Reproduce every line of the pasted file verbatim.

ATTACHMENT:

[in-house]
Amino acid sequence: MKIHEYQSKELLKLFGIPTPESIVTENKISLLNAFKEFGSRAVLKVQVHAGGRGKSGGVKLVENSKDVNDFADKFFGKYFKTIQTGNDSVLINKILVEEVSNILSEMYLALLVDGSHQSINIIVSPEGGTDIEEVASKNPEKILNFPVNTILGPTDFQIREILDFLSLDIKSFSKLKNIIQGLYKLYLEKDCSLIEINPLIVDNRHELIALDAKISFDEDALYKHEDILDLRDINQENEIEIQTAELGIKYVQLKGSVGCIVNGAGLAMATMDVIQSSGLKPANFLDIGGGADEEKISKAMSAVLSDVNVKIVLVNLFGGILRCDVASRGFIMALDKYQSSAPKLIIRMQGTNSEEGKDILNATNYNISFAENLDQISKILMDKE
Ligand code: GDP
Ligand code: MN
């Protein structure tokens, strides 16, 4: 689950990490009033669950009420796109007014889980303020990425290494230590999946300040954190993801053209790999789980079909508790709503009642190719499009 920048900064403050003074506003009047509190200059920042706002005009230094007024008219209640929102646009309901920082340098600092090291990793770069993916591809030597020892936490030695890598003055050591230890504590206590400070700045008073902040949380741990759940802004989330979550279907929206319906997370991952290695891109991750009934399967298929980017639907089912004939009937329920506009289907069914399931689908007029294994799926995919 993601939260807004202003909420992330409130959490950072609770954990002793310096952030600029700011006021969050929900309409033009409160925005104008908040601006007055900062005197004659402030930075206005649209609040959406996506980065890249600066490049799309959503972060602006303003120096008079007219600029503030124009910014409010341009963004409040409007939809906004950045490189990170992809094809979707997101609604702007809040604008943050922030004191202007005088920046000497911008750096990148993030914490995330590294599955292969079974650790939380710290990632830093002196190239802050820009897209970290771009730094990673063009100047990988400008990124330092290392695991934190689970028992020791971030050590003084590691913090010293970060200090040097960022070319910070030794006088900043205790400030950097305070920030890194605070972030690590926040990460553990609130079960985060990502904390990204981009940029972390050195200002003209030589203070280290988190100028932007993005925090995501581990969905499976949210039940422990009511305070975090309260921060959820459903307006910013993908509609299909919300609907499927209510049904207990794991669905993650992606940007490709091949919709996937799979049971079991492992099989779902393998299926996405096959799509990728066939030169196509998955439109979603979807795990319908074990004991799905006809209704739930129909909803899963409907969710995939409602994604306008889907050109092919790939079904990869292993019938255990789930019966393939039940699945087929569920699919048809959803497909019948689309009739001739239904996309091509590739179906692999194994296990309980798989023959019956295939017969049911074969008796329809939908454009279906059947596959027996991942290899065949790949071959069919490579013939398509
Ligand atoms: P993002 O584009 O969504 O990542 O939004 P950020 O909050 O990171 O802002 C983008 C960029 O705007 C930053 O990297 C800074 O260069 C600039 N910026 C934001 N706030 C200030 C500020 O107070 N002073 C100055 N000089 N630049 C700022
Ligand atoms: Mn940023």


[in-house]
Amino acid sequence: MKIHEYQSKELLKLFGIPTPESIVTENKISLLNAFKEFGSRAVLKVQVHAGGRGKSGGVKLVENSKDVNDFADKFFGKYFKTIQTGNDSVLINKILVEEVSNILSEMYLALLVDGSHQSINIIVSPEGGTDIEEVASKNPEKILNFPVNTILGPTDFQIREILDFLSLDIKSFSKLKNIIQGLYKLYLEKDCSLIEINPLIVDNRHELIALDAKISFDEDALYKHEDILDLRDINQENEIEIQTAELGIKYVQLKGSVGCIVNGAGLAMATMDVIQSSGLKPANFLDIGGGADEEKISKAMSAVLSDVNVKIVLVNLFGGILRCDVASRGFIMALDKYQSSAPKLIIRMQGTNSEEGKDILNATNYNISFAENLDQISKILMDKE
Ligand code: GDP
Ligand code: MN
């Protein structure tokens, strides 16, 4: 689950990490009033669950009420796109007014889980303020990425290494230590999946300040954190993801053209790999789980079909508790709503009642190719499009 920048900064403050003074506003009047509190200059920042706002005009230094007024008219209640929102646009309901920082340098600092090291990793770069993916591809030597020892936490030695890598003055050591230890504590206590400070700045008073902040949380741990759940802004989330979550279907929206319906997370991952290695891109991750009934399967298929980017639907089912004939009937329920506009289907069914399931689908007029294994799926995919 993601939260807004202003909420992330409130959490950072609770954990002793310096952030600029700011006021969050929900309409033009409160925005104008908040601006007055900062005197004659402030930075206005649209609040959406996506980065890249600066490049799309959503972060602006303003120096008079007219600029503030124009910014409010341009963004409040409007939809906004950045490189990170992809094809979707997101609604702007809040604008943050922030004191202007005088920046000497911008750096990148993030914490995330590294599955292969079974650790939380710290990632830093002196190239802050820009897209970290771009730094990673063009100047990988400008990124330092290392695991934190689970028992020791971030050590003084590691913090010293970060200090040097960022070319910070030794006088900043205790400030950097305070920030890194605070972030690590926040990460553990609130079960985060990502904390990204981009940029972390050195200002003209030589203070280290988190100028932007993005925090995501581990969905499976949210039940422990009511305070975090309260921060959820459903307006910013993908509609299909919300609907499927209510049904207990794991669905993650992606940007490709091949919709996937799979049971079991492992099989779902393998299926996405096959799509990728066939030169196509998955439109979603979807795990319908074990004991799905006809209704739930129909909803899963409907969710995939409602994604306008889907050109092919790939079904990869292993019938255990789930019966393939039940699945087929569920699919048809959803497909019948689309009739001739239904996309091509590739179906692999194994296990309980798989023959019956295939017969049911074969008796329809939908454009279906059947596959027996991942290899065949790949071959069919490579013939398509
Ligand atoms: P993002 O584009 O969504 O990542 O939004 P950020 O909050 O990171 O802002 C983008 C960029 O705007 C930053 O990297 C800074 O260069 C600039 N910026 C934001 N706030 C200030 C500020 O107070 N002073 C100055 N000089 N630049 C700022
Ligand atoms: Mn940023």